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There are some cities or counties within PA that have their own housing codes, and many of these do address heat. Where in PA is the property located? Does the landlord control the heat settings, or is he saying that something is wrong with the heating unit?
If the code says that the property must be capable of being heated to 68 degrees, then the landlord needs to make sure every level is at least 68. That could mean replacing the windows, providing space heaters, covering the windows with plastic, etc. The person living on the upper floor cannot lower the thermostat below 68, even if it's too warm upstairs. If the thermostat says 68 degrees, the landlord could also try asking the city housing inspector to come out and take a look (thereby showing the tenant that there's no a problem). But that could backfire if the city says that windows need to be replaced.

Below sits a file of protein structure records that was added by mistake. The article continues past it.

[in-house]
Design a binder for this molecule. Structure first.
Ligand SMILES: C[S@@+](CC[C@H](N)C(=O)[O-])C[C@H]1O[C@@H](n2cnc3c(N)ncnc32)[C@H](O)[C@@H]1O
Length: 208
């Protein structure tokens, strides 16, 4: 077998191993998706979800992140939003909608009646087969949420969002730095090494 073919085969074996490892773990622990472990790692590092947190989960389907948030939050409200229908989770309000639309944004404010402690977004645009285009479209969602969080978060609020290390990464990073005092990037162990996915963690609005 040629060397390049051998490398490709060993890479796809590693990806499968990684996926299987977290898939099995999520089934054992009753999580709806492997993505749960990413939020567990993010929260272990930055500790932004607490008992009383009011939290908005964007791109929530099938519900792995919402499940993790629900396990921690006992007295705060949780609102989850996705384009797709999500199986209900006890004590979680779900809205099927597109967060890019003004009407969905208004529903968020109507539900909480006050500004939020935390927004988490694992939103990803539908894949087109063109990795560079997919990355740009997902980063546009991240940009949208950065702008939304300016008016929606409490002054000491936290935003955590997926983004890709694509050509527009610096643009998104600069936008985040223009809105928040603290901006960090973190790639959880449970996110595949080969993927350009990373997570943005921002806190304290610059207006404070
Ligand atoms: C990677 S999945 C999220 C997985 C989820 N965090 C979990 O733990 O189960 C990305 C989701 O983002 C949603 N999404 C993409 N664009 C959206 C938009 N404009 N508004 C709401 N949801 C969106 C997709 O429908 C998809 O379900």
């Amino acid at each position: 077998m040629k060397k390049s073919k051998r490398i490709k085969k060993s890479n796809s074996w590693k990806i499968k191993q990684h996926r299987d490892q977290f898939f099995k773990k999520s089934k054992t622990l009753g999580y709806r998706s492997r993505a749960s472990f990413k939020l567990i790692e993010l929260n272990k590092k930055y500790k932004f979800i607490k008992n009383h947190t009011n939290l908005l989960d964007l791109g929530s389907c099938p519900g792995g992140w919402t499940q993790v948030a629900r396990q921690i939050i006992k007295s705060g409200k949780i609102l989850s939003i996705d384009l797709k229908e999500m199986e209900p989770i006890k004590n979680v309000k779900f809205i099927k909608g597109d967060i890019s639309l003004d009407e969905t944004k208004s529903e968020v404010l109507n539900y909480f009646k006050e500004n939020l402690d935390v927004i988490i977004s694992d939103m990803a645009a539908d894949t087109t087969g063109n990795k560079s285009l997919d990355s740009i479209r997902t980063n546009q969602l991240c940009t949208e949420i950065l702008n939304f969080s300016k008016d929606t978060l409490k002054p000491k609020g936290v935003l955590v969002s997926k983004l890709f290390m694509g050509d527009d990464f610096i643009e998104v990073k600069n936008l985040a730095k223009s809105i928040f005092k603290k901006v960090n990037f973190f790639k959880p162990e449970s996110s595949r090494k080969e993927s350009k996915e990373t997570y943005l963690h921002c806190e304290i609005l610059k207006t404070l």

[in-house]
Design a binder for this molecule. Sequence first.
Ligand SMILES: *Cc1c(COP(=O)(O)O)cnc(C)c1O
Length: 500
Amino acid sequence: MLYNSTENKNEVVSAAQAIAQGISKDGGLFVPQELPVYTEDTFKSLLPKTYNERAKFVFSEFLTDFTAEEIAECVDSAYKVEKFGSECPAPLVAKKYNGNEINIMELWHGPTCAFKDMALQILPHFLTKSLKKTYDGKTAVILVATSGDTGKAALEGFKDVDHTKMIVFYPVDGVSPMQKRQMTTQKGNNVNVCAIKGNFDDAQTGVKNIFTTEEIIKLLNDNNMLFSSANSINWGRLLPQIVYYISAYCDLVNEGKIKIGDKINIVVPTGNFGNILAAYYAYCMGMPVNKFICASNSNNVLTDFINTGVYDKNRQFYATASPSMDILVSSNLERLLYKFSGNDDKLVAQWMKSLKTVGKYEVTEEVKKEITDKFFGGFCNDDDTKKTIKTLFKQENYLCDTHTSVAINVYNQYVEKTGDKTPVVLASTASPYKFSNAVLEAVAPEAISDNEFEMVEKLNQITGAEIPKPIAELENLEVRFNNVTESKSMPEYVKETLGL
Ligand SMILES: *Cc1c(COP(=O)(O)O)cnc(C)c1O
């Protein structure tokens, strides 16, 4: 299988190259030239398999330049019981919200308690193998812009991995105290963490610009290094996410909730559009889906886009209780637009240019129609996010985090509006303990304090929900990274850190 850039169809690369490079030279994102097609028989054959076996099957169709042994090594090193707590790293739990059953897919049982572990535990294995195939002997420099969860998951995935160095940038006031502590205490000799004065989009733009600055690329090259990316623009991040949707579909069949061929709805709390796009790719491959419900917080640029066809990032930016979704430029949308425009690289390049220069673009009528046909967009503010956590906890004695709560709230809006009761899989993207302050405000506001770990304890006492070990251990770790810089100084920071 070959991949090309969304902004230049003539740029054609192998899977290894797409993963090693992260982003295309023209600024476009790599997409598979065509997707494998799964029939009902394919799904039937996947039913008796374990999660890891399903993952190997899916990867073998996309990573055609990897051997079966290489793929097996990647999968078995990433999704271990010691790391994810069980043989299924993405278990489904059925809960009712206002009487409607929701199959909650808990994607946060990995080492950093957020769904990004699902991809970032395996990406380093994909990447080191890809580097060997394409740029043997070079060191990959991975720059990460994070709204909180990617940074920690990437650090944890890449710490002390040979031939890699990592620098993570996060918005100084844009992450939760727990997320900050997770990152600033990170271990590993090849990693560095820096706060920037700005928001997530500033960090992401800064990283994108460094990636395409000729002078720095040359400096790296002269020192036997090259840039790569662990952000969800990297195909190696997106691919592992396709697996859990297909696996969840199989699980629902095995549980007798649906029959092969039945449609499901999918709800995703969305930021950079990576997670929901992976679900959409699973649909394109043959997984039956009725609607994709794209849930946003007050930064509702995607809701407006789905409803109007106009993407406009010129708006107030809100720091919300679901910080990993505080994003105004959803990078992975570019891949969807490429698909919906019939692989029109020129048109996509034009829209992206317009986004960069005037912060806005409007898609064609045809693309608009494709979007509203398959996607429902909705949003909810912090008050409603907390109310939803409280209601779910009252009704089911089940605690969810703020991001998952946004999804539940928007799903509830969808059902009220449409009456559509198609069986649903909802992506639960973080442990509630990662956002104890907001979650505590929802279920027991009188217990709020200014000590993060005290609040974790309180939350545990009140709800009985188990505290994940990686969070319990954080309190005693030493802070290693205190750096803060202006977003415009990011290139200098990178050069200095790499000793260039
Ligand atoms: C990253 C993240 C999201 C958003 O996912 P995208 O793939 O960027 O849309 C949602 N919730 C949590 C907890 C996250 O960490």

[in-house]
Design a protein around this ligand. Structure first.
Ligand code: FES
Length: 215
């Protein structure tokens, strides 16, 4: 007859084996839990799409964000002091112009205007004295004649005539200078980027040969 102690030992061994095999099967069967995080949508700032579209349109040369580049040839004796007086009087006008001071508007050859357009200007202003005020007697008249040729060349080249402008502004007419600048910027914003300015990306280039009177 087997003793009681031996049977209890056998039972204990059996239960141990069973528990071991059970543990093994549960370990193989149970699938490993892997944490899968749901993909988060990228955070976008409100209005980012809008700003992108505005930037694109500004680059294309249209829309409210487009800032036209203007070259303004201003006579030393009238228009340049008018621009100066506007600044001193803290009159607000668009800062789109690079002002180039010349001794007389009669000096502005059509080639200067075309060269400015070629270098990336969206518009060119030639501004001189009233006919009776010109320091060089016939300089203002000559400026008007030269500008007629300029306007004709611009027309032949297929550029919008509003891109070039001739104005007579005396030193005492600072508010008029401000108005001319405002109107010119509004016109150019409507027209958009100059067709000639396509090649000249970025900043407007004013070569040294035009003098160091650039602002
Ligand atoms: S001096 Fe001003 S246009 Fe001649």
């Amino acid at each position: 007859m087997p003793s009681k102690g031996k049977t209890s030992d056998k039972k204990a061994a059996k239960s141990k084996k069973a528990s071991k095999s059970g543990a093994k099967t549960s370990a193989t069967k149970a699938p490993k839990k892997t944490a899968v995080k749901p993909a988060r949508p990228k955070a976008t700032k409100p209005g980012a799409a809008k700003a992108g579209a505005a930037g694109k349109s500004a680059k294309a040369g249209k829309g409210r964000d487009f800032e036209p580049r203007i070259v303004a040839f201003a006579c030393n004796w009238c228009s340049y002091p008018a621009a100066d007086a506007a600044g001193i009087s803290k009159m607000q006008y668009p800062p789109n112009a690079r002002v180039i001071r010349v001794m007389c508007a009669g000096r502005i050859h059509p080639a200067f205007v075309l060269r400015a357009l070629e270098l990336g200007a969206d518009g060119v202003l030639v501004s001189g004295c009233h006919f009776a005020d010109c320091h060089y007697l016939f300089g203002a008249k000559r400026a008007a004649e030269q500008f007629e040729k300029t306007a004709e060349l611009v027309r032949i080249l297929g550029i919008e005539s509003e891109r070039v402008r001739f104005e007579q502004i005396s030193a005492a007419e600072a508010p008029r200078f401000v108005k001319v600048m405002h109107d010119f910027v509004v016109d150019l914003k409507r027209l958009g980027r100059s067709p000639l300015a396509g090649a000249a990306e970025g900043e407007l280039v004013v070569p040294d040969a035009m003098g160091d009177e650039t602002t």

PA law does allow a tenant to withhold rent due to living conditions that are below the minimum required. A landlord cannot evict a tenant who is lawfully withholding rent. That means the landlord would either need to be able to fix the problem, or establish that the tenant is wrong and the lower level IS 68 degrees, as required.
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